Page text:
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    using CSS in a blog (movable type)


    I'm using the Movable Type publishing software for my blog and am realizing it uses CSS 2 very heavily in its formatting. I have a lot of experience with CSS 1 but I still haven't broken out of using tables to control the layout of sites I build. I was wondering if someone could give me a hand with a question about what I'd like to accomplish...

    What I'd like to do is be able to put one of the div's (the one storing all the blog content) on the left hand side, filling about 70% of the screen, and then put all the div's after it (links, search, syndicate, etc etc) on the right hand side occupying the other 30%. I could do it easily with a table but I'd like to avoid spoiling the very pure CSS implementation that's in place.

    Is this possible to do with just CSS, or is this the kind of situation that CSS wasn't meant for? Thanks a lot!
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    float: left;

    The thing you want on the left, and

    float: right;

    The thing you want on the right.
    Jason Contact Me
    Super moderator @ CodingForums
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    That works okay as far as putting them on the right and left side, but it seems that most of the time the item on the right sits beneath the item on the left. In the document, the left item comes before the right item, and I use the styles like so:

    Code:
    #content
    {
    float: left;
    width: 70%;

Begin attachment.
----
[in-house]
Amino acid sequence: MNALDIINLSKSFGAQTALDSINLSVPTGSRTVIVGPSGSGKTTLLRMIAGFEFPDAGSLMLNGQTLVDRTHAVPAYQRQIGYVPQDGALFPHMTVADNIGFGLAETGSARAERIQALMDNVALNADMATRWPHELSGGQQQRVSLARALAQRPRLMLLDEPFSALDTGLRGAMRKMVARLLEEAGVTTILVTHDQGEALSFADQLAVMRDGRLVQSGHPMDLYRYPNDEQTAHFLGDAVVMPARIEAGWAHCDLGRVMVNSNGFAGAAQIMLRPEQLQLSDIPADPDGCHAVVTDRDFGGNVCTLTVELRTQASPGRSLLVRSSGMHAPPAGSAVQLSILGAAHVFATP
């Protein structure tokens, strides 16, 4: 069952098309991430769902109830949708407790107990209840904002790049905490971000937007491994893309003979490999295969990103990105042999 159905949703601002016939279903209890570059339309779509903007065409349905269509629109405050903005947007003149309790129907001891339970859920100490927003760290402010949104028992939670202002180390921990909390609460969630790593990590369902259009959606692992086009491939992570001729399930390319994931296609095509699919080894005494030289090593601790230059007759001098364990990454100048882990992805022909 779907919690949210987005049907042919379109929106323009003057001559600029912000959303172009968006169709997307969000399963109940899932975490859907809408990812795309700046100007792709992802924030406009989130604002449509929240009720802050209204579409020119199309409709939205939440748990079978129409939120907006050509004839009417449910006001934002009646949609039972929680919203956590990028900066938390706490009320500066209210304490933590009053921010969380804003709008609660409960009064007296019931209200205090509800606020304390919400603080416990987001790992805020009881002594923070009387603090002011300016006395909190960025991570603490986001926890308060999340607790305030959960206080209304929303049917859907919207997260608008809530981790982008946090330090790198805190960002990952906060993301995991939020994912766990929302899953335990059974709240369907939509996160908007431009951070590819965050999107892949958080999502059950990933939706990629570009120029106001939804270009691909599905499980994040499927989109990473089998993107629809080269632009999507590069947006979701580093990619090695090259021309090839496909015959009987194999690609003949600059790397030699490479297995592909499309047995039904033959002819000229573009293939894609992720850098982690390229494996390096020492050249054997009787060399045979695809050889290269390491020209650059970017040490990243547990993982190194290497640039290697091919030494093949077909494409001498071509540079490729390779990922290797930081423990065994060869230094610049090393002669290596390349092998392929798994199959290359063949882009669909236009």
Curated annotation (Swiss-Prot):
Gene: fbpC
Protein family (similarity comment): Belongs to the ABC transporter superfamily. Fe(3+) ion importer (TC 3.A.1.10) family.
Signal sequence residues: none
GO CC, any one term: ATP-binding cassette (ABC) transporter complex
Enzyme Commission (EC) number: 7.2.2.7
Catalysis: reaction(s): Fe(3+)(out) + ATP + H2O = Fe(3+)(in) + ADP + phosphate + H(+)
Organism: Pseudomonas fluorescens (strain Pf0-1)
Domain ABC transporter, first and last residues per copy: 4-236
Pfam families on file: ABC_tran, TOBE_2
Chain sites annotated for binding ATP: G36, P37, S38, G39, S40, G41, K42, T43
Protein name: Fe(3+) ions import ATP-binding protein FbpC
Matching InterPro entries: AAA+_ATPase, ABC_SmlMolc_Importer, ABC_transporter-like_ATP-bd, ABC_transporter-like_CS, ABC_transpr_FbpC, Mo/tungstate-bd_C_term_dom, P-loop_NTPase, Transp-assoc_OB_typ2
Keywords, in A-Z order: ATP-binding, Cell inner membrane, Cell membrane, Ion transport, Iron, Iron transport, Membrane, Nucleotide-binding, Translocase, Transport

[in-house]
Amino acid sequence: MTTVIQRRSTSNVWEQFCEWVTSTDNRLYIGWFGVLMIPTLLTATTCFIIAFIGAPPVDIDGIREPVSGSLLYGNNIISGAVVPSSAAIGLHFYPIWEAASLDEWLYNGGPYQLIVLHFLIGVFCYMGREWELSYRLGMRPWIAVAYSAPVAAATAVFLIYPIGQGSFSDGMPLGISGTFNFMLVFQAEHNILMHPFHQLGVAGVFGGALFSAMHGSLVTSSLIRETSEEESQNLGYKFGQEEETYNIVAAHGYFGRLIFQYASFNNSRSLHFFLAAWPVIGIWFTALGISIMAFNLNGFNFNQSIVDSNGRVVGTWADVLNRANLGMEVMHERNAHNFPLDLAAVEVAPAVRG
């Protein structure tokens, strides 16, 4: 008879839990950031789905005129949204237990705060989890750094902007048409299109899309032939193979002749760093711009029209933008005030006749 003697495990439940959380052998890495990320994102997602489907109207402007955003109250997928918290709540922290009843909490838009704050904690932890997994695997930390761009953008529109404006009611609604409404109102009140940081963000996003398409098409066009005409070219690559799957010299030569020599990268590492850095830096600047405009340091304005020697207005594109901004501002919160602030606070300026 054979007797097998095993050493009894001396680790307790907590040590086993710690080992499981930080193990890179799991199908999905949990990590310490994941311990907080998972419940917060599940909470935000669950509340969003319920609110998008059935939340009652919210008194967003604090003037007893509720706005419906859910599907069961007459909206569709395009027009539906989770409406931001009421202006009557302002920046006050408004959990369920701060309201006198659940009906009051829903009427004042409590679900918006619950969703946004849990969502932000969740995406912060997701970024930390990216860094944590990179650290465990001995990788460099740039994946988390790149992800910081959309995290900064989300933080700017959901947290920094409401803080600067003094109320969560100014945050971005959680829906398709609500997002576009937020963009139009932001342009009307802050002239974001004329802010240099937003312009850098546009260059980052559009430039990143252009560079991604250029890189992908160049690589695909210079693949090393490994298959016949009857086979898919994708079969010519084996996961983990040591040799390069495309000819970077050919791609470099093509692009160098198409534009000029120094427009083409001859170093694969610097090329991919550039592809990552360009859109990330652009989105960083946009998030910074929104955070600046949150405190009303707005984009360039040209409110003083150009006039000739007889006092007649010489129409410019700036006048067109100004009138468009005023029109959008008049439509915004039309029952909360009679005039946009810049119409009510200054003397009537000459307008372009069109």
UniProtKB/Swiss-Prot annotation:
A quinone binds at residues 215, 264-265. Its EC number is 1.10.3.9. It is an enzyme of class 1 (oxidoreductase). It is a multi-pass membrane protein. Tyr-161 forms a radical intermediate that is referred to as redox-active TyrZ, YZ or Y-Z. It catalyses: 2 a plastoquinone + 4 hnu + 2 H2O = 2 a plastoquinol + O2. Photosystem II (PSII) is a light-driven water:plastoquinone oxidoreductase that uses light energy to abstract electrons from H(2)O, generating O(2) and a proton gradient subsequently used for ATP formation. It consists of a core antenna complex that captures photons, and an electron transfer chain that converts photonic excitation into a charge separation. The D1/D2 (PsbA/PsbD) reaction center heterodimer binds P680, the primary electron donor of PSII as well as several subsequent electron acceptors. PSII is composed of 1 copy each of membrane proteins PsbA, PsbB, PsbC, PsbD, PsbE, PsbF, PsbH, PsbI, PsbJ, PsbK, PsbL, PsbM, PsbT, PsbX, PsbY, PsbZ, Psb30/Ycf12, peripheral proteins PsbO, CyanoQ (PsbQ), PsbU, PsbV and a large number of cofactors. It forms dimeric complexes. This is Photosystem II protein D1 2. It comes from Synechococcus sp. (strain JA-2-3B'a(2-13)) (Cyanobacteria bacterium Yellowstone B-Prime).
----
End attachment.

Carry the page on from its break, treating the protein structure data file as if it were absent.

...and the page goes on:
}
    
    #links
    {
    float: right;
    width: 30%;
    }
    Any pointers? The document and stylesheet are at:

    http://www.cliffmeyers.com/blog/
    http://www.cliffmeyers.com/blog/styles-site.css
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    The reason that's happening (just looked at this topic myself) is that the browsers implment the div boxes differently. For layouts each box has a margin, a border, and padding. These all get added on to the width so if you have a box that's say 600px; and you say add on a border of 1px you now have a box that's 602 px.

    There's lots of websites out there on the topic here's one with a layout similar to what you're doing:
    http://www.digital-web.com/tutorials..._2002-06.shtml

    Hope this helps
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    Actually, you're right, it is a bit of caveat with the way the browsers render the page. It looks like when you assign relative sizes (in percentages) that the browser allocates that to the element, and afterwards looks at the borders, margins and padding. If there's too much padding or whatnot, they won't fit in the allocated space and you'll get a new line sort of situation.

    I changed the percentages to add up to 95% for some breathing room and it seems to be working now. Thanks for the help!

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